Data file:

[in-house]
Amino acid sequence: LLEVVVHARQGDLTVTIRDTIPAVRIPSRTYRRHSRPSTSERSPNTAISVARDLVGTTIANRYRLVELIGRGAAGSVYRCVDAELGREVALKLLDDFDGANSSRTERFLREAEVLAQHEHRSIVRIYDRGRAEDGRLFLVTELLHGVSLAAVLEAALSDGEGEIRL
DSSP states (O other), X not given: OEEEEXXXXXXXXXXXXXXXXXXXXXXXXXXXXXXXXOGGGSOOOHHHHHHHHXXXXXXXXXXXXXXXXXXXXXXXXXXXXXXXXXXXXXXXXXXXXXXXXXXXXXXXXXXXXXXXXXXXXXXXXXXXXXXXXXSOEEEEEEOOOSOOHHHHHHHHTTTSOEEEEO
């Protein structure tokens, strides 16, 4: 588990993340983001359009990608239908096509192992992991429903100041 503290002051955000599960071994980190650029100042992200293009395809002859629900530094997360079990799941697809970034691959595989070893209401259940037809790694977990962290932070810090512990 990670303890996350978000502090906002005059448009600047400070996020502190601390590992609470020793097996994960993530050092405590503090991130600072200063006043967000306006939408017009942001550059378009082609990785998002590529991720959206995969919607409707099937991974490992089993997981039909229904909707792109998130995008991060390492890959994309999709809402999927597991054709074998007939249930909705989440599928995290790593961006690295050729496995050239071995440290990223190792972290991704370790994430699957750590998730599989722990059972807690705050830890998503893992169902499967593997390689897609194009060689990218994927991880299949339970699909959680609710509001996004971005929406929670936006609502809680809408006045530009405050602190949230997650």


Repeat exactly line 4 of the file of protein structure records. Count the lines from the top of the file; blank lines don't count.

């Protein structure tokens, strides 16, 4: 588990993340983001359009990608239908096509192992992991429903100041 503290002051955000599960071994980190650029100042992200293009395809002859629900530094997360079990799941697809970034691959595989070893209401259940037809790694977990962290932070810090512990 990670303890996350978000502090906002005059448009600047400070996020502190601390590992609470020793097996994960993530050092405590503090991130600072200063006043967000306006939408017009942001550059378009082609990785998002590529991720959206995969919607409707099937991974490992089993997981039909229904909707792109998130995008991060390492890959994309999709809402999927597991054709074998007939249930909705989440599928995290790593961006690295050729496995050239071995440290990223190792972290991704370790994430699957750590998730599989722990059972807690705050830890998503893992169902499967593997390689897609194009060689990218994927991880299949339970699909959680609710509001996004971005929406929670936006609502809680809408006045530009405050602190949230997650």